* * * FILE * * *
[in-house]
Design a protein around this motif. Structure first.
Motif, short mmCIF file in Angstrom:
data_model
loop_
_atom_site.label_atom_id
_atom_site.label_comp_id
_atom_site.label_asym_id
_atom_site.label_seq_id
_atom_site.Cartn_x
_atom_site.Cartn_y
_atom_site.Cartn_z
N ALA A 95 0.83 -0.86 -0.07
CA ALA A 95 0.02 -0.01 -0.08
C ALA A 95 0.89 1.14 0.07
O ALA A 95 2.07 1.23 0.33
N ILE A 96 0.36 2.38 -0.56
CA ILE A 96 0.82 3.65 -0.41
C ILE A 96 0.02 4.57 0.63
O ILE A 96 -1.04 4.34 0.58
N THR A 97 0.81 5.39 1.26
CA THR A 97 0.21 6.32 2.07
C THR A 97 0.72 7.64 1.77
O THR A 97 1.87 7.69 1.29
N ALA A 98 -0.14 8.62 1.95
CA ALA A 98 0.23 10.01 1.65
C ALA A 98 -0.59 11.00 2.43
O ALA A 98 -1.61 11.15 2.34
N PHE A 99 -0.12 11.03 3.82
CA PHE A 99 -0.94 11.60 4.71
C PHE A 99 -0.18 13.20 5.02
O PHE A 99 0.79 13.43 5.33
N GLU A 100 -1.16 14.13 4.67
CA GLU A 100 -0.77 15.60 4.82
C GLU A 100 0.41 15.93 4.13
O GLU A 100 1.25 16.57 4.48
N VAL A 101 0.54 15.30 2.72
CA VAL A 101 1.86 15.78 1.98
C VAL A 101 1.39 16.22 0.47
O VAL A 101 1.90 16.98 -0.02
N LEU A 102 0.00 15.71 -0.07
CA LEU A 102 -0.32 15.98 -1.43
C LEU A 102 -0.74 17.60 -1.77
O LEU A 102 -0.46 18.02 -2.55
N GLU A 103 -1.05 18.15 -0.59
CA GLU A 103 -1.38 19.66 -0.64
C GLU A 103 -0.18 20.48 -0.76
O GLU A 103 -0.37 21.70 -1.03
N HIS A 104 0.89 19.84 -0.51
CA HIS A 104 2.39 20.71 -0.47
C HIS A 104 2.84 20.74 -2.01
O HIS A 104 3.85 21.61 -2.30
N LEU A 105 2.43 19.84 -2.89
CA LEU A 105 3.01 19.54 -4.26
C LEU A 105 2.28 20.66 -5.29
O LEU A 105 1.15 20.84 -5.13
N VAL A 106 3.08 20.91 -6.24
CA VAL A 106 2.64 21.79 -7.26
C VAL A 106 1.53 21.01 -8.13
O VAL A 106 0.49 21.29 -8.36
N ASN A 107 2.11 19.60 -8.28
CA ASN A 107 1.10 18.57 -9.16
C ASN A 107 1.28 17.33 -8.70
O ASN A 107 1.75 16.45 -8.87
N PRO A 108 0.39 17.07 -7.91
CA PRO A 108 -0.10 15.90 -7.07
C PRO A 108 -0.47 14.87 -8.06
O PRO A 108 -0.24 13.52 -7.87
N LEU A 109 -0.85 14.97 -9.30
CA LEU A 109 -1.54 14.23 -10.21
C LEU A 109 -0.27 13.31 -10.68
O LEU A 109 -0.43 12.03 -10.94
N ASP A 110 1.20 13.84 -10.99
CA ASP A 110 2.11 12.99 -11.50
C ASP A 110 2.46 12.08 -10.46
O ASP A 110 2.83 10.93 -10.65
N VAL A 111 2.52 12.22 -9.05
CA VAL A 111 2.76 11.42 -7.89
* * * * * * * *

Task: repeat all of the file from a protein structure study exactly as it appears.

[in-house]
Design a protein around this motif. Structure first.
Motif, short mmCIF file in Angstrom:
data_model
loop_
_atom_site.label_atom_id
_atom_site.label_comp_id
_atom_site.label_asym_id
_atom_site.label_seq_id
_atom_site.Cartn_x
_atom_site.Cartn_y
_atom_site.Cartn_z
N ALA A 95 0.83 -0.86 -0.07
CA ALA A 95 0.02 -0.01 -0.08
C ALA A 95 0.89 1.14 0.07
O ALA A 95 2.07 1.23 0.33
N ILE A 96 0.36 2.38 -0.56
CA ILE A 96 0.82 3.65 -0.41
C ILE A 96 0.02 4.57 0.63
O ILE A 96 -1.04 4.34 0.58
N THR A 97 0.81 5.39 1.26
CA THR A 97 0.21 6.32 2.07
C THR A 97 0.72 7.64 1.77
O THR A 97 1.87 7.69 1.29
N ALA A 98 -0.14 8.62 1.95
CA ALA A 98 0.23 10.01 1.65
C ALA A 98 -0.59 11.00 2.43
O ALA A 98 -1.61 11.15 2.34
N PHE A 99 -0.12 11.03 3.82
CA PHE A 99 -0.94 11.60 4.71
C PHE A 99 -0.18 13.20 5.02
O PHE A 99 0.79 13.43 5.33
N GLU A 100 -1.16 14.13 4.67
CA GLU A 100 -0.77 15.60 4.82
C GLU A 100 0.41 15.93 4.13
O GLU A 100 1.25 16.57 4.48
N VAL A 101 0.54 15.30 2.72
CA VAL A 101 1.86 15.78 1.98
C VAL A 101 1.39 16.22 0.47
O VAL A 101 1.90 16.98 -0.02
N LEU A 102 0.00 15.71 -0.07
CA LEU A 102 -0.32 15.98 -1.43
C LEU A 102 -0.74 17.60 -1.77
O LEU A 102 -0.46 18.02 -2.55
N GLU A 103 -1.05 18.15 -0.59
CA GLU A 103 -1.38 19.66 -0.64
C GLU A 103 -0.18 20.48 -0.76
O GLU A 103 -0.37 21.70 -1.03
N HIS A 104 0.89 19.84 -0.51
CA HIS A 104 2.39 20.71 -0.47
C HIS A 104 2.84 20.74 -2.01
O HIS A 104 3.85 21.61 -2.30
N LEU A 105 2.43 19.84 -2.89
CA LEU A 105 3.01 19.54 -4.26
C LEU A 105 2.28 20.66 -5.29
O LEU A 105 1.15 20.84 -5.13
N VAL A 106 3.08 20.91 -6.24
CA VAL A 106 2.64 21.79 -7.26
C VAL A 106 1.53 21.01 -8.13
O VAL A 106 0.49 21.29 -8.36
N ASN A 107 2.11 19.60 -8.28
CA ASN A 107 1.10 18.57 -9.16
C ASN A 107 1.28 17.33 -8.70
O ASN A 107 1.75 16.45 -8.87
N PRO A 108 0.39 17.07 -7.91
CA PRO A 108 -0.10 15.90 -7.07
C PRO A 108 -0.47 14.87 -8.06
O PRO A 108 -0.24 13.52 -7.87
N LEU A 109 -0.85 14.97 -9.30
CA LEU A 109 -1.54 14.23 -10.21
C LEU A 109 -0.27 13.31 -10.68
O LEU A 109 -0.43 12.03 -10.94
N ASP A 110 1.20 13.84 -10.99
CA ASP A 110 2.11 12.99 -11.50
C ASP A 110 2.46 12.08 -10.46
O ASP A 110 2.83 10.93 -10.65
N VAL A 111 2.52 12.22 -9.05
CA VAL A 111 2.76 11.42 -7.89